Students overcome struggles with first-day parking

Sean Keister

Sacramento State students returned to class this week, where many found parking easier than last semester.

Nancy Fox, senior director of University Transportation and Parking Services said they anticipate there will be more than enough parking for everyone throughout the semester.

“While traditionally we seem to experience more vehicles and traffic congestion on campus during the first few days of each semester, parking and traffic normally settle down by the end of the first week,” Fox said.

Bethany Hutchinson, a senior child development major, said the best way to get a spot is to arrive early.

“I think as long as you get here before 9 a.m., parking isn’t a problem,” Hutchinson said.

Joy Kuckelmann, a senior business major, said she easily found a spot the first day.

“I think it is funny that they have people waving traffic when there is no traffic problem,” Kuckelmann said.

Sac State offers three parking structures and eight parking lots that are open to students.

Jennifer Castellanos, a junior social work major, said she has noticed an improvement in spaces available since last semester.

“Ever since they added more spaces (in parking structure III) it has been a lot better,” Castellanos said.

Students arriving later than 9 a.m. found parking more challenging.

Carlos Grajeda, a senior film major, noticed when he arrived at 9:30 a.m., many of the lots were already full.

“I ended up driving as far out as I could,” Grajeda said. “More people were coming, and no one was leaving so I just said, ‘Forget it.’ “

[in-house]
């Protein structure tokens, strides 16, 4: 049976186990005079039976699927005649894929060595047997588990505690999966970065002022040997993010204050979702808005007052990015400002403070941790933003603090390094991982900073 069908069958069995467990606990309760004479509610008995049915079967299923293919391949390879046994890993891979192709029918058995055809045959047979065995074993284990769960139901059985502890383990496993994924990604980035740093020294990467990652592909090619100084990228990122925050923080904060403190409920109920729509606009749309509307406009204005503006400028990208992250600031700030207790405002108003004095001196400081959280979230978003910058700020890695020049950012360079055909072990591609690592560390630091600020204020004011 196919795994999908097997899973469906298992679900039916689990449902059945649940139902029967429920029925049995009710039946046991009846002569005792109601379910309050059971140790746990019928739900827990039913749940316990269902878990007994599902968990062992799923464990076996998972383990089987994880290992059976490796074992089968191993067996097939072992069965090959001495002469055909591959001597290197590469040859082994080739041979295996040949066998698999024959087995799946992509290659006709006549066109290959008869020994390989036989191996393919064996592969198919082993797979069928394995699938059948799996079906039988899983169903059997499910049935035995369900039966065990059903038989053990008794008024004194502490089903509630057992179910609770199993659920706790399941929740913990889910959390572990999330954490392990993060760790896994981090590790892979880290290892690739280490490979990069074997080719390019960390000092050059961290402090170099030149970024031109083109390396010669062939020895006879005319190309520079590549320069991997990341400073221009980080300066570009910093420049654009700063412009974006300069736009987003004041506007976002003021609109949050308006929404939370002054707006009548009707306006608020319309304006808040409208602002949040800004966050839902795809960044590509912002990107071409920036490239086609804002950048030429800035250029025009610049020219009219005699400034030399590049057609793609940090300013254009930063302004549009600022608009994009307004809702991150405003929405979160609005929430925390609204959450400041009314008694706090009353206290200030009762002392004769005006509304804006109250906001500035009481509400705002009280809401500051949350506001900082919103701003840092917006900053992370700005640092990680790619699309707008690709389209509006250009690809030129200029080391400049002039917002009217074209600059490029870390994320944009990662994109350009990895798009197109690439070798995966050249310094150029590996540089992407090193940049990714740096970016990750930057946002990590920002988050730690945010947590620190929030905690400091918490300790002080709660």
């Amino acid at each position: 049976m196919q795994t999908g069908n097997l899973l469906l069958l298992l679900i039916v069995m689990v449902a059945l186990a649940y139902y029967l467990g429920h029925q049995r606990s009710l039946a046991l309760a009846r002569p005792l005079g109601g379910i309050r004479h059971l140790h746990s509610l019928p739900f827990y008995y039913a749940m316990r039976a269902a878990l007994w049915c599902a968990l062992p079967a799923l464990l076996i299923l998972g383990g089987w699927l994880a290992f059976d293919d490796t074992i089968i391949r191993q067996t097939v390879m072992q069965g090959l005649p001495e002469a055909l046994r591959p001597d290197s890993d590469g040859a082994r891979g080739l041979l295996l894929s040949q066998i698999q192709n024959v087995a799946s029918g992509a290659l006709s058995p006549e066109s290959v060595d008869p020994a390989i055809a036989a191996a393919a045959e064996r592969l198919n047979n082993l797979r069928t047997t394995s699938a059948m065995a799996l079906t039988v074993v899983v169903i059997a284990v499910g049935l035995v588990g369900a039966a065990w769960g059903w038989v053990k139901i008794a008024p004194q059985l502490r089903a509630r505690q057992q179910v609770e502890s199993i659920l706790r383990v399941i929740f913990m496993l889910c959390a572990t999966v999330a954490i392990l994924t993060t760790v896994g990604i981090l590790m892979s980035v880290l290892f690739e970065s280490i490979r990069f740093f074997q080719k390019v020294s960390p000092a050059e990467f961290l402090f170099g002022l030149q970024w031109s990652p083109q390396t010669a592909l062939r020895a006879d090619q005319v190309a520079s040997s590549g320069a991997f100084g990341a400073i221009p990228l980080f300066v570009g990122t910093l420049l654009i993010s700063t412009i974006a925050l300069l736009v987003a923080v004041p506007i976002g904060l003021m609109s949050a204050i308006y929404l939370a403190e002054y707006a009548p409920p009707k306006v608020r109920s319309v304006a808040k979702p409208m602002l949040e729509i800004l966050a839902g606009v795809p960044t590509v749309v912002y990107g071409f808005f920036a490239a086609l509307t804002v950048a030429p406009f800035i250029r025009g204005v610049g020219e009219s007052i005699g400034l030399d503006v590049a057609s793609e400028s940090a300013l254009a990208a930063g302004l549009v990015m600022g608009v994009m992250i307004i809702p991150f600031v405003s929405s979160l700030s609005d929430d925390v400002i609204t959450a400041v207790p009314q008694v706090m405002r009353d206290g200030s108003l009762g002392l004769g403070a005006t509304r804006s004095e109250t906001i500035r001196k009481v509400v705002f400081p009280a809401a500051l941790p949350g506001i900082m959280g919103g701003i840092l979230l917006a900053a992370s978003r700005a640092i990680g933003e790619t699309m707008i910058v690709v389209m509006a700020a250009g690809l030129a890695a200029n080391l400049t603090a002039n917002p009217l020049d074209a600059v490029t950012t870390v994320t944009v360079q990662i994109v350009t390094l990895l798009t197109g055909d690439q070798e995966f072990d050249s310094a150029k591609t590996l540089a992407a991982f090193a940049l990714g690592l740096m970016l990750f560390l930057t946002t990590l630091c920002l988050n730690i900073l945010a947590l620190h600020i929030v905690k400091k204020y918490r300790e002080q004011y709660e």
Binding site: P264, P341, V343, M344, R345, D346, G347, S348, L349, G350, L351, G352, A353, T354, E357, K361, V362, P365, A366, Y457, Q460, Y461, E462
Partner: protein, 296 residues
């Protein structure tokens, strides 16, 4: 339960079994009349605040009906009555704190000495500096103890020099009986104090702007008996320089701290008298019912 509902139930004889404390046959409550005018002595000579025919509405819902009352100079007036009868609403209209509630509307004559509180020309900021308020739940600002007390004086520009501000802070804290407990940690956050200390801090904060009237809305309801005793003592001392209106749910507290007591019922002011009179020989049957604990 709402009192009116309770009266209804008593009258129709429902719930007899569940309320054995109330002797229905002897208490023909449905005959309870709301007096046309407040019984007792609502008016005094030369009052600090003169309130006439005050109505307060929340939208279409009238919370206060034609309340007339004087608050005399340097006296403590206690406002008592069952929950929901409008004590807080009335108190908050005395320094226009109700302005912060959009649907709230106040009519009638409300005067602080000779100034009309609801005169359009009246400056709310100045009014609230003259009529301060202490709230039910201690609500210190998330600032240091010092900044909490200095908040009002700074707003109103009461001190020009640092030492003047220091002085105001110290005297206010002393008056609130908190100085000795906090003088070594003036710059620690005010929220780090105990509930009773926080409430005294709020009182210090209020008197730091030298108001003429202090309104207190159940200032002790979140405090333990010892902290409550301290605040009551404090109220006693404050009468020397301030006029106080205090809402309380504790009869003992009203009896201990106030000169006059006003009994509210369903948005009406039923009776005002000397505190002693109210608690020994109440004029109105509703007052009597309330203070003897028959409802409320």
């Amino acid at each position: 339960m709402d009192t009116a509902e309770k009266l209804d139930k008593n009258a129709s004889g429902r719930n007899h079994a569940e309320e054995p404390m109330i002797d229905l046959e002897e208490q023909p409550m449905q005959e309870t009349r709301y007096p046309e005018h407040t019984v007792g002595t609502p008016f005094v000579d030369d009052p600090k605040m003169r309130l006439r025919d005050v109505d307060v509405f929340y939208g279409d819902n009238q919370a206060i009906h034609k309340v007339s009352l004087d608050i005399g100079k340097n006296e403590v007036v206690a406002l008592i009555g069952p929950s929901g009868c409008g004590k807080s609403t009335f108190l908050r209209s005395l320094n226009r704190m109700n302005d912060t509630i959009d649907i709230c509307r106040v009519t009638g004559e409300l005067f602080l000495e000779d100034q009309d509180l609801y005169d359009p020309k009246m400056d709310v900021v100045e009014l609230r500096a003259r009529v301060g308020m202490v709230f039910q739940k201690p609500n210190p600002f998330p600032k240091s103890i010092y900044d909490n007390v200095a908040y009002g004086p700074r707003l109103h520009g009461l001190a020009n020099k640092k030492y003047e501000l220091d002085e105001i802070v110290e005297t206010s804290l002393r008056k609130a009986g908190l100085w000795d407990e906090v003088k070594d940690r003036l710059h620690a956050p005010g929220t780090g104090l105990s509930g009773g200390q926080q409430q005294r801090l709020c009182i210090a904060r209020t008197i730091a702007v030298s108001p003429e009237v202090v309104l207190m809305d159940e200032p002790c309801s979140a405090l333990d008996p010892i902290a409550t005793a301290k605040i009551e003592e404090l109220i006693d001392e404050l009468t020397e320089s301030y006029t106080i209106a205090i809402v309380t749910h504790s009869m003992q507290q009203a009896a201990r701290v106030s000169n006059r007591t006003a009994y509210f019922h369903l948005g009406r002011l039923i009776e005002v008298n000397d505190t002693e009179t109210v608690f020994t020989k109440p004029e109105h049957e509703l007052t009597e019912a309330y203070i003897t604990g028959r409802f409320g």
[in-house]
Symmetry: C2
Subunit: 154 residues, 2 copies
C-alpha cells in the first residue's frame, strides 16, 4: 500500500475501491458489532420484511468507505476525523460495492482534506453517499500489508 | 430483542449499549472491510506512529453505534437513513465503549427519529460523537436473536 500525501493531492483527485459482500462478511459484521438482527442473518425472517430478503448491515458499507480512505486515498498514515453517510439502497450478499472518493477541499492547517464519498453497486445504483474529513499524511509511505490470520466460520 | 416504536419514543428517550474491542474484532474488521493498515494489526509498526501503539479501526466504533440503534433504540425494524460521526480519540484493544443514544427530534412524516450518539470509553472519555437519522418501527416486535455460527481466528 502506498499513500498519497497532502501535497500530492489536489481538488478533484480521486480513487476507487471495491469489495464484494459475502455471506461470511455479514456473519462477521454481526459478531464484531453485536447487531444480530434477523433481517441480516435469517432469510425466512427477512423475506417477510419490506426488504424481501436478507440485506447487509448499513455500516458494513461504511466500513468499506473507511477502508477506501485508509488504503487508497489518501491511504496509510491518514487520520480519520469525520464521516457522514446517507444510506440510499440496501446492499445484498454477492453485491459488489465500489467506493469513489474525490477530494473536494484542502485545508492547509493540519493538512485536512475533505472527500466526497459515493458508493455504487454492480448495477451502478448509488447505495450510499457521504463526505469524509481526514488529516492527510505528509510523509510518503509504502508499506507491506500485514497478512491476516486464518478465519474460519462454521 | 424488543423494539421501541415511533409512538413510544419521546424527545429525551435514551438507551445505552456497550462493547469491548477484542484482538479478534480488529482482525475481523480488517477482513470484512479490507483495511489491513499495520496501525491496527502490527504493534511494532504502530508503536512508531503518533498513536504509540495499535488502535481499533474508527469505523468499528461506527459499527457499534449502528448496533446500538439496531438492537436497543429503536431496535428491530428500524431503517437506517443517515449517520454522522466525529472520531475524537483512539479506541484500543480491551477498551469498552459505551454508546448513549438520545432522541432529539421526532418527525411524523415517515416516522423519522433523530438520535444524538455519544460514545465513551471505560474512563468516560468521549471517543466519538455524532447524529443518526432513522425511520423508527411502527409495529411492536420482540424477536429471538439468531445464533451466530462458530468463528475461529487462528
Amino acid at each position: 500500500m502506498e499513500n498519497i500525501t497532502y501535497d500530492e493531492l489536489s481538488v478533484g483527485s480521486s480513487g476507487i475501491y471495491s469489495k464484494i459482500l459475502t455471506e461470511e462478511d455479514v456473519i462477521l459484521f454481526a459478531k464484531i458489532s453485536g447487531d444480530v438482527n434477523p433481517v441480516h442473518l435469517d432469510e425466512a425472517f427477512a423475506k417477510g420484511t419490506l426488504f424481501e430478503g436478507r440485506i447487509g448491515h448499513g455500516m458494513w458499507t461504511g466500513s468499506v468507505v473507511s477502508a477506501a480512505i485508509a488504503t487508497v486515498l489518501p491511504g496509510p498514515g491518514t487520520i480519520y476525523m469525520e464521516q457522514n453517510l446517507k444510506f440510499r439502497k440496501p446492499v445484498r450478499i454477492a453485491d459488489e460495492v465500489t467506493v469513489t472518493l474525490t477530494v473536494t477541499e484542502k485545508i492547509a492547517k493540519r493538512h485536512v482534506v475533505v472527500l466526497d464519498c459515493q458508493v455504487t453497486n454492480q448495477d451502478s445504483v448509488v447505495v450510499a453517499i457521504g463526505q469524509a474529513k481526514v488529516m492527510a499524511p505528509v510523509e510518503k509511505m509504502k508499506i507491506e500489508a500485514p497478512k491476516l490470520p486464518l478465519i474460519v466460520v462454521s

A semester pass for students costs $159. An alternative many students use is buying a daily parking pass, which costs $6, but that only saves money for students who don’t come to class more than once a week.

Trevor Robbins, a junior business major, had issues with the daily parking pass machine.

“I went to get a pass and it was out of paper, so it basically stole my money,” Robbins said. “I got pretty lucky though because I didn’t get a ticket.”

Another alternative for student commuters is carpooling, which divides the cost of the semester permit pass by the number of carpoolers and offers preferential parking.

Maddie Wood, a junior communications major, carpools and noticed that the lot did not seem as full this semester.

“Maybe less people are here because they can’t afford to go this year,” Wood said.

According to Fox, there are typically between 1,000 and 3,000 available parking spaces at all times on campus throughout the semester, including during the first week of classes.

Nick Robbins, a senior finance major, said he does not even bother to park on campus anymore because of how packed the parking lots are, but says it is mostly during the first few weeks.

“It gets better after all the slackers stop coming to class,” Robbins said.